The money went to the Coalition for Reasonable Vaping Regulation, a Juul-backed organisation formed in May to combat San Francisco's unique legislation that would stop the sale of e-cigarettes, the report said. The coalition reported the latest infusion in a filing to the San Francisco Ethics Commission on Monday, increasing Juul’s total contributions for the year to USD 4.5 million. Nate Allbee, the coalition's communications director, told Forbes that the money will fund a traditional campaign that includes advertisements and canvassing.
“We are strongly supporting these efforts, as part of the growing Coalition for Reasonable Vaping Regulation, to enact strict new regulation and enforcement instead of a ban for all adults that will fuel a black market for vapor products and the increased use of deadly cigarettes,” Juul spokesperson Ted Kwong said in a statement. He added that the ballot measure recognises “adult smokers should have access to alternatives since cigarettes still kill 40,000 Californians every year.”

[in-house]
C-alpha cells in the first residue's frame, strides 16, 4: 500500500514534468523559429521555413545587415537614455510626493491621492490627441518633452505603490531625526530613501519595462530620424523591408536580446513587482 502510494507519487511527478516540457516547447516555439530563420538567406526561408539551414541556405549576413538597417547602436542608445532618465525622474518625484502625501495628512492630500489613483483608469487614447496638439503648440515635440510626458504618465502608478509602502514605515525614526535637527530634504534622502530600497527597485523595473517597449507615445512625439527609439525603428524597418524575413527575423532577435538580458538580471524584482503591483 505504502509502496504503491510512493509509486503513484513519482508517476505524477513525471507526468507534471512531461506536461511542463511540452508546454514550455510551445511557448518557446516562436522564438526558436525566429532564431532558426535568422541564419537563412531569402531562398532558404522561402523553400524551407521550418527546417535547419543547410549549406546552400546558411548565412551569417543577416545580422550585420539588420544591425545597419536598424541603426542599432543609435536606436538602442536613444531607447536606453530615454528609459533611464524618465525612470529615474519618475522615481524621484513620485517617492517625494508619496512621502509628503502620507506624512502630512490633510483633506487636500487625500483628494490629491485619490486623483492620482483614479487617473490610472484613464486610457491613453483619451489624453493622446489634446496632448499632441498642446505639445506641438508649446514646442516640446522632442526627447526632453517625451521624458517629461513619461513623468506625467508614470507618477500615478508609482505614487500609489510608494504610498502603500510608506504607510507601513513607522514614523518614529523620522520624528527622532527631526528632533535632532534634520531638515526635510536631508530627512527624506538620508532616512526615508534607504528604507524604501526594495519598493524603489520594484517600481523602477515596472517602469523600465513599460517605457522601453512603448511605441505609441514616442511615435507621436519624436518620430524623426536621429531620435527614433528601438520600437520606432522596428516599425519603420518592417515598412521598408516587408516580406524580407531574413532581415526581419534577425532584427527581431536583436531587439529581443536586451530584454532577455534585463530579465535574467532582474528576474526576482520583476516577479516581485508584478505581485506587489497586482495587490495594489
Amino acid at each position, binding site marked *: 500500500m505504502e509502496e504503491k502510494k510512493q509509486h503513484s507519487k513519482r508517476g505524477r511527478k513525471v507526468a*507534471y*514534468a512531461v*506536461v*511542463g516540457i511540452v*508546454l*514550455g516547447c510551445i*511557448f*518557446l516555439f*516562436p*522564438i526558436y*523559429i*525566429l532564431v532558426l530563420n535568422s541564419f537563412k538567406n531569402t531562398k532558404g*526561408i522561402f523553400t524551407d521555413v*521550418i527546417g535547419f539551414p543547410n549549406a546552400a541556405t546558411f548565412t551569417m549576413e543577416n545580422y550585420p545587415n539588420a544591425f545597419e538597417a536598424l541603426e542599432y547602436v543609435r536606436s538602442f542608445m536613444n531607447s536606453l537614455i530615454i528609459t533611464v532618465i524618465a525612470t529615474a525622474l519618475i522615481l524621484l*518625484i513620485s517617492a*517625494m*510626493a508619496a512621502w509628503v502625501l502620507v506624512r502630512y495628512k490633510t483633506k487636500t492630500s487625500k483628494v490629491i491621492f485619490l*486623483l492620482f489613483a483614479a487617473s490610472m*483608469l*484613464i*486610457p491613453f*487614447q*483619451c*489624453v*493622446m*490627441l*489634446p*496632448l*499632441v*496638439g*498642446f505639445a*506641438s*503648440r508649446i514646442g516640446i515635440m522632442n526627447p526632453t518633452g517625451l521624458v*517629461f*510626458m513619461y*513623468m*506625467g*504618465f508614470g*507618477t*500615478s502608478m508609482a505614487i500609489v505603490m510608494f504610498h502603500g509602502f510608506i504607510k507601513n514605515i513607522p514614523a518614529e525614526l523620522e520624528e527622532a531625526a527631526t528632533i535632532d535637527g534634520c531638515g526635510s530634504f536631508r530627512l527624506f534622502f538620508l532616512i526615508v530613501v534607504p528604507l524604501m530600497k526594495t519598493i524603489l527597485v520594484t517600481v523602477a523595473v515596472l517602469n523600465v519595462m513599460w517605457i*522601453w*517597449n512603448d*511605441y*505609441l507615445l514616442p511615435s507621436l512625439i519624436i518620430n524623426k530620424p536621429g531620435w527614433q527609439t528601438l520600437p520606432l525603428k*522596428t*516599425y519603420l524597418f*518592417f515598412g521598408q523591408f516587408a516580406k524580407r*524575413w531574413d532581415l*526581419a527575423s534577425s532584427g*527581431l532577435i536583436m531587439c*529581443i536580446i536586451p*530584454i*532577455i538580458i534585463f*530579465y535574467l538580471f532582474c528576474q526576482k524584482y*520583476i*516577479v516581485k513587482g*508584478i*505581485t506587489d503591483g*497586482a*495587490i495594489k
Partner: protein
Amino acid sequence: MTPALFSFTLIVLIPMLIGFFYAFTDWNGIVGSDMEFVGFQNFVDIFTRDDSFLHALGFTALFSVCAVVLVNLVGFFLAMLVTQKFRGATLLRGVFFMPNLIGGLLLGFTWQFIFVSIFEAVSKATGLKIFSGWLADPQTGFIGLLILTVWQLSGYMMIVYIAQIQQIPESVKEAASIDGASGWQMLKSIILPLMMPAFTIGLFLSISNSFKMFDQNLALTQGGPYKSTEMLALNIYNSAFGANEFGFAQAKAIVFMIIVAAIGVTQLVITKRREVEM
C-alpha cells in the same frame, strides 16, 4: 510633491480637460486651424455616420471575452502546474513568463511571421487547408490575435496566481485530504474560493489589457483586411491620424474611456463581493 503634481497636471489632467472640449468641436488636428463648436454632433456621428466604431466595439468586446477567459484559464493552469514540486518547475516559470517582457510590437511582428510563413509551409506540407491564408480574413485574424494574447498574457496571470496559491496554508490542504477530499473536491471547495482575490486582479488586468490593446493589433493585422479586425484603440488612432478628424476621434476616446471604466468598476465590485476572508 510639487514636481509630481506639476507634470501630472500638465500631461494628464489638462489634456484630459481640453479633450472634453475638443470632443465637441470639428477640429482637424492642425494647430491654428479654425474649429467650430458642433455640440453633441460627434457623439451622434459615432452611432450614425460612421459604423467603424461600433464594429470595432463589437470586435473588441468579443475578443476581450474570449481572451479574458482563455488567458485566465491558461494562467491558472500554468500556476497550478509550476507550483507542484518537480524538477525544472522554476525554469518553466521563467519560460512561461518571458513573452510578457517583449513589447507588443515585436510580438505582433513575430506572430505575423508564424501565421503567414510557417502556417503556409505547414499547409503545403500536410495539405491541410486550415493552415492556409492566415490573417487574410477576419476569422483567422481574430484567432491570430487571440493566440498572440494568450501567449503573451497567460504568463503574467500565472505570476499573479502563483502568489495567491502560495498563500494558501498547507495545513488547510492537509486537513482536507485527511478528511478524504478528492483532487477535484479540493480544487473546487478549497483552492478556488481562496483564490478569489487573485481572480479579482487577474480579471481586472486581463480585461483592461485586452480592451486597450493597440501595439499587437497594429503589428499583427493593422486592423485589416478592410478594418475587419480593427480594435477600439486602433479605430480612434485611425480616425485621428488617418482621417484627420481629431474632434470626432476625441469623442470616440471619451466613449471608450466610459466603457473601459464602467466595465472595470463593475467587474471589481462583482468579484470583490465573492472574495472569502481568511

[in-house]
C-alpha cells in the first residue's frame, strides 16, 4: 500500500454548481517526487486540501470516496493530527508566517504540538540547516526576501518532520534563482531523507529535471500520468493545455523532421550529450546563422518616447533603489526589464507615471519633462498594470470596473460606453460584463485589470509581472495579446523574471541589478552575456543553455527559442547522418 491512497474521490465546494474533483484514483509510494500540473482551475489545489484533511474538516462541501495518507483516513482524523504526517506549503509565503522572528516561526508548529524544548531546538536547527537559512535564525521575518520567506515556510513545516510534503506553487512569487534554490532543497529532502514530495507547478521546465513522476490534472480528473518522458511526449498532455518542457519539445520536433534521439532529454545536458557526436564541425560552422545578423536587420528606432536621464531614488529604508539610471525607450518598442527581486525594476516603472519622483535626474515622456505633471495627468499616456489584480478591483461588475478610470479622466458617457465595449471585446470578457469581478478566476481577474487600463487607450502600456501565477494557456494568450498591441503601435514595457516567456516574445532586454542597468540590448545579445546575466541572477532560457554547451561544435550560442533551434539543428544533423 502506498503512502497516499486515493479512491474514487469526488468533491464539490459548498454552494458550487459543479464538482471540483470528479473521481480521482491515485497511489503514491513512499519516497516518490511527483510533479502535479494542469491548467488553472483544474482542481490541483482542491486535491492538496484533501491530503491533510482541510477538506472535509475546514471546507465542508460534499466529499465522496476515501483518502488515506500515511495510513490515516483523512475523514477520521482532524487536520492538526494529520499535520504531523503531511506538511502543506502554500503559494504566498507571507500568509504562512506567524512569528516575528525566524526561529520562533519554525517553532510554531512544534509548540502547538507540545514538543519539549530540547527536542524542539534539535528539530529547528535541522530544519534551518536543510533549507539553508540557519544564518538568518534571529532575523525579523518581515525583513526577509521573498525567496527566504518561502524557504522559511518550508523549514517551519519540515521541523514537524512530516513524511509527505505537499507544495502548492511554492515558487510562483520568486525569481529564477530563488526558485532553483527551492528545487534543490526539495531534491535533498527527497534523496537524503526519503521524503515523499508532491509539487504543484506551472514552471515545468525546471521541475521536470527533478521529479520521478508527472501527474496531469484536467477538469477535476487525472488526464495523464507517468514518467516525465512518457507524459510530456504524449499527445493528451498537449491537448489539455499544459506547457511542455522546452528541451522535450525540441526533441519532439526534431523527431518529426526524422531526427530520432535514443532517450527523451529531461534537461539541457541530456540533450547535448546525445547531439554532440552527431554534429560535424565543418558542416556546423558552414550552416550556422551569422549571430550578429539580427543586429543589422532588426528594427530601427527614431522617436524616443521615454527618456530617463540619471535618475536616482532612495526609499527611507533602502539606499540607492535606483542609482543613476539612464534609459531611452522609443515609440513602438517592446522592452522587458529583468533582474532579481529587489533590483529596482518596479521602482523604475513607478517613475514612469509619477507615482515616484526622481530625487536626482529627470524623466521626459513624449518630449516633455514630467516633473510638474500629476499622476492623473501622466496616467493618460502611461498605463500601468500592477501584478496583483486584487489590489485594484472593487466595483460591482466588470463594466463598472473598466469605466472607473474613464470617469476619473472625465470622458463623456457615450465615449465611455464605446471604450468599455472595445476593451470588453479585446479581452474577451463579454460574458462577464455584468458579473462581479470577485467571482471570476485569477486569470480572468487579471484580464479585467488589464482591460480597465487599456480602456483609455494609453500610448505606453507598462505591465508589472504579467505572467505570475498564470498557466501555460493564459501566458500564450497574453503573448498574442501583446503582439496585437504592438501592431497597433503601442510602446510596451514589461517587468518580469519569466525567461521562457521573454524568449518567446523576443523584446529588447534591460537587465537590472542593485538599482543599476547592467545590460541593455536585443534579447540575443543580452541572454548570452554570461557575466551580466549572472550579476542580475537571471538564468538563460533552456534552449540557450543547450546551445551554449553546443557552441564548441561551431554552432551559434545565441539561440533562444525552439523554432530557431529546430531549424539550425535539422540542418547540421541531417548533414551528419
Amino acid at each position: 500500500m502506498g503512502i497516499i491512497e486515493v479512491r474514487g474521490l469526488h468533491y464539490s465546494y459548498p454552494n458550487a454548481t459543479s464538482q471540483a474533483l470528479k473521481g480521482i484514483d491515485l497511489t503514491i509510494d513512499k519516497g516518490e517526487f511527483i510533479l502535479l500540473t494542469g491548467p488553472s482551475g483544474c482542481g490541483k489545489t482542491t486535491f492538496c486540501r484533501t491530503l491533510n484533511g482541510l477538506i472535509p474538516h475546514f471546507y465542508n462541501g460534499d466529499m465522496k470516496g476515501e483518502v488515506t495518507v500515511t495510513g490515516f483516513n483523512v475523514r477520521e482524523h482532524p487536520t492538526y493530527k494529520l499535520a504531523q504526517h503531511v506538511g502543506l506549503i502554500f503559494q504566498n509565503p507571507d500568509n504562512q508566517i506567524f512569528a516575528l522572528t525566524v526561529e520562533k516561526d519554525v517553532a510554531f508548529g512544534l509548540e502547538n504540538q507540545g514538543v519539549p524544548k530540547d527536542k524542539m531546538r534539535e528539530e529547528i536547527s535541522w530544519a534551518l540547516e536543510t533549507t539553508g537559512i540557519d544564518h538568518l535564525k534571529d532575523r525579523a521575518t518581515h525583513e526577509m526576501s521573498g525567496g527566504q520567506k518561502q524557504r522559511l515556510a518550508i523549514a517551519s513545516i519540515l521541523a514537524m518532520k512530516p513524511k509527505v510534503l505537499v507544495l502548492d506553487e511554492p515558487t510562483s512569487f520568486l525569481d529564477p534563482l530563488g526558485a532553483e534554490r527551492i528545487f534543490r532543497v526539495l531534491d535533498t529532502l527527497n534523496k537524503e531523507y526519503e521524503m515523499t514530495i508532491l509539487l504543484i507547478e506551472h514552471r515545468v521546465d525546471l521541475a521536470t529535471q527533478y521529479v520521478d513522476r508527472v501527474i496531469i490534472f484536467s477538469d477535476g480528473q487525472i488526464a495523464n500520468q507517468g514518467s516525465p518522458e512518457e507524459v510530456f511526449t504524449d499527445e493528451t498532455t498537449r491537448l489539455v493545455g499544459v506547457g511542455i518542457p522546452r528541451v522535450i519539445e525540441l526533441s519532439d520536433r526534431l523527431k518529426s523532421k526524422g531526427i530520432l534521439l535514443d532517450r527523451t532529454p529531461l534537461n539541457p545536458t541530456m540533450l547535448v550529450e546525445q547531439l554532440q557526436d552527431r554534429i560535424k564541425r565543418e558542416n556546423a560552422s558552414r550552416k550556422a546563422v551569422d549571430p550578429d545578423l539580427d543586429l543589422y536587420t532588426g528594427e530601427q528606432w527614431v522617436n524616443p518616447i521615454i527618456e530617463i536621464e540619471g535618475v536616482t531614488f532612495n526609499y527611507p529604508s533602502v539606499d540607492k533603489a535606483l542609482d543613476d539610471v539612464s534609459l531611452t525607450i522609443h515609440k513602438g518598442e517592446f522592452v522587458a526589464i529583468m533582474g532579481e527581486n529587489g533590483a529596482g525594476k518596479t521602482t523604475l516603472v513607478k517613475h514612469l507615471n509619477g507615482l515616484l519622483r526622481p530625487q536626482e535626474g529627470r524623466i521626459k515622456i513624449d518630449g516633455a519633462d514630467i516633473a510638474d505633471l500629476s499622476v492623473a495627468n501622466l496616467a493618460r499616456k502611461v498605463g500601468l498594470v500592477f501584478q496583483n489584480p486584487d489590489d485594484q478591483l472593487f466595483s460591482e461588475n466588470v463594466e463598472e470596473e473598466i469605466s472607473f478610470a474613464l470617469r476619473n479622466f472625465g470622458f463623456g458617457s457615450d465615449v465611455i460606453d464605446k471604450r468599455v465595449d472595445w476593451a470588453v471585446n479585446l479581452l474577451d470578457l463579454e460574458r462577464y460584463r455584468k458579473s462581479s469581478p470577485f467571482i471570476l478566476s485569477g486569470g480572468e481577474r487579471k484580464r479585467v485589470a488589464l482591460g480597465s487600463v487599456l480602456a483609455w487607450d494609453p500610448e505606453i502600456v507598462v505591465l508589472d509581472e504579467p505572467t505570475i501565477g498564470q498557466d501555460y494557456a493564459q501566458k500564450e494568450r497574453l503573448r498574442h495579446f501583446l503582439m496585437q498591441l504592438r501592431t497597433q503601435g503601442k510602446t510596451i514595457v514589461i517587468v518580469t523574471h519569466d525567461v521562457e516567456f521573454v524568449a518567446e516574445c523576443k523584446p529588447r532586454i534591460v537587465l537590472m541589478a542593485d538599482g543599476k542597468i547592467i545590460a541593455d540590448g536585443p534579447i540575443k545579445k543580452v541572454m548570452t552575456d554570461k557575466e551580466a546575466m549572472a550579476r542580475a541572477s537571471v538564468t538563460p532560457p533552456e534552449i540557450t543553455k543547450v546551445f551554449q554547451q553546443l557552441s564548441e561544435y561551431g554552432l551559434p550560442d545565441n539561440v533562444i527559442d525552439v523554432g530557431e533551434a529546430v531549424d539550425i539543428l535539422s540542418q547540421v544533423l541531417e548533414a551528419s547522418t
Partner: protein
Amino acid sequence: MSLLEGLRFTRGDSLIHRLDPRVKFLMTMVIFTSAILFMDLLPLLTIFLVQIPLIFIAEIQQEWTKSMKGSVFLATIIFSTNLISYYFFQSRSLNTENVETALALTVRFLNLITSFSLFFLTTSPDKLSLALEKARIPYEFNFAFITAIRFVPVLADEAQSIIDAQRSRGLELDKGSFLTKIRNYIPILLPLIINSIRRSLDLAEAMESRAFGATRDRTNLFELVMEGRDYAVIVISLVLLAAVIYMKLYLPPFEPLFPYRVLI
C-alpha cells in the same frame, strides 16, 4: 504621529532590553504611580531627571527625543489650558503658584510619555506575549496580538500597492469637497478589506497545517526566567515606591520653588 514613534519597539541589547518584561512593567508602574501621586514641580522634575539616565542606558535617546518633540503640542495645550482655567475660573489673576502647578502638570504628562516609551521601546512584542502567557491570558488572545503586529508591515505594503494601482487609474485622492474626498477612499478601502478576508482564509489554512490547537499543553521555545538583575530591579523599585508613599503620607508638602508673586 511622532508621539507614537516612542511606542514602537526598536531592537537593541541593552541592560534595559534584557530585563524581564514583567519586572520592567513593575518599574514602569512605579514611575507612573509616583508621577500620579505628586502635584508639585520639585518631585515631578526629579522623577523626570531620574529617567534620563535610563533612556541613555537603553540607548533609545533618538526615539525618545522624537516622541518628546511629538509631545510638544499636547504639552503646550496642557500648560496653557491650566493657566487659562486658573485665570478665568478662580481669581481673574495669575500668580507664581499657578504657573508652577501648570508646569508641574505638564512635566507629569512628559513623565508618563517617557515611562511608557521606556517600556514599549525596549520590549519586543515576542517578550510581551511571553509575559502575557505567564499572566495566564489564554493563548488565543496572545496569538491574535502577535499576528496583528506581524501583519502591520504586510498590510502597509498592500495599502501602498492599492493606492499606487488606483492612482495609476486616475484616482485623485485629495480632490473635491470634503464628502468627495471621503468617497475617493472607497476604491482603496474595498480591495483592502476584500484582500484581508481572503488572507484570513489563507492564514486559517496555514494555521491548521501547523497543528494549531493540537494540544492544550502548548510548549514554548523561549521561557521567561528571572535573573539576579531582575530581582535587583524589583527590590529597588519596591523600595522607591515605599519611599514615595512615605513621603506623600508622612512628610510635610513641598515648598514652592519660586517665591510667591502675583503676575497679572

According to the report, Juul’s money will go to ground-level tactics such as knocking on doors, sending out mailers and running of television commercials. The campaign took out a full-page ad in the San Francisco Chronicle on 4 August. “Cigarettes kill 8 million people a year,” the ad states. “They shouldn't stay on the shelf while e-cigarettes are banned. It's just a gift to cigarette makers. Instead, let's further restrict e-cigarette sales and marketing to youth, and keep the City's existing flavored e-cigarette ban.”